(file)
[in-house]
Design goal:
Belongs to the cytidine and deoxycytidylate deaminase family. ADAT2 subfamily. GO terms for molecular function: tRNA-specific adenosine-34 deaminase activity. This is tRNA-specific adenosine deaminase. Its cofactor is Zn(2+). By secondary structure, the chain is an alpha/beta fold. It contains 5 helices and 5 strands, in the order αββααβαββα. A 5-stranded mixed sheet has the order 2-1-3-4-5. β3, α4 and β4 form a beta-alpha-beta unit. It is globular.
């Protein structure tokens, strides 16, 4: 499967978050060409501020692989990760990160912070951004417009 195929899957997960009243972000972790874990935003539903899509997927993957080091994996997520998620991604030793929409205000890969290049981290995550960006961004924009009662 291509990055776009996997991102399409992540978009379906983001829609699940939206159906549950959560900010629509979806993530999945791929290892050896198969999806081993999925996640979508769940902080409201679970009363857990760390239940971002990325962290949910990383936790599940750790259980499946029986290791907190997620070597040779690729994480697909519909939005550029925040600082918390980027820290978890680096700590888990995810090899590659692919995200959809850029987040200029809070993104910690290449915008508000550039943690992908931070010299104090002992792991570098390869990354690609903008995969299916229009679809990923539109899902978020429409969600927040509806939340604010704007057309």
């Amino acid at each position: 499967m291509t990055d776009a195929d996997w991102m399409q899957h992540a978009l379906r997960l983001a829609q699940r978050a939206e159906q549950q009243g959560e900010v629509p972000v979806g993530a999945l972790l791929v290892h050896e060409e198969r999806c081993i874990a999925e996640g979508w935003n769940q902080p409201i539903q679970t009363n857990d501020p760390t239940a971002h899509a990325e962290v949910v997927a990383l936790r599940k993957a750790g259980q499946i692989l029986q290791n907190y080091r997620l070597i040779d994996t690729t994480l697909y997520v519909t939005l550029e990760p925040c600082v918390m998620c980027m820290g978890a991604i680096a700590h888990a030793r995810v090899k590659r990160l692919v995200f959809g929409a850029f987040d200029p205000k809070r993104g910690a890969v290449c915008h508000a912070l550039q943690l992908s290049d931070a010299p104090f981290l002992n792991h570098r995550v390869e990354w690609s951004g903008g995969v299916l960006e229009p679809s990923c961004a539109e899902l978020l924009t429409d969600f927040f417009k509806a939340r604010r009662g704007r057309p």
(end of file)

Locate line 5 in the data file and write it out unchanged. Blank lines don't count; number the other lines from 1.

């Amino acid at each position: 499967m291509t990055d776009a195929d996997w991102m399409q899957h992540a978009l379906r997960l983001a829609q699940r978050a939206e159906q549950q009243g959560e900010v629509p972000v979806g993530a999945l972790l791929v290892h050896e060409e198969r999806c081993i874990a999925e996640g979508w935003n769940q902080p409201i539903q679970t009363n857990d501020p760390t239940a971002h899509a990325e962290v949910v997927a990383l936790r599940k993957a750790g259980q499946i692989l029986q290791n907190y080091r997620l070597i040779d994996t690729t994480l697909y997520v519909t939005l550029e990760p925040c600082v918390m998620c980027m820290g978890a991604i680096a700590h888990a030793r995810v090899k590659r990160l692919v995200f959809g929409a850029f987040d200029p205000k809070r993104g910690a890969v290449c915008h508000a912070l550039q943690l992908s290049d931070a010299p104090f981290l002992n792991h570098r995550v390869e990354w690609s951004g903008g995969v299916l960006e229009p679809s990923c961004a539109e899902l978020l924009t429409d969600f927040f417009k509806a939340r604010r009662g704007r057309p």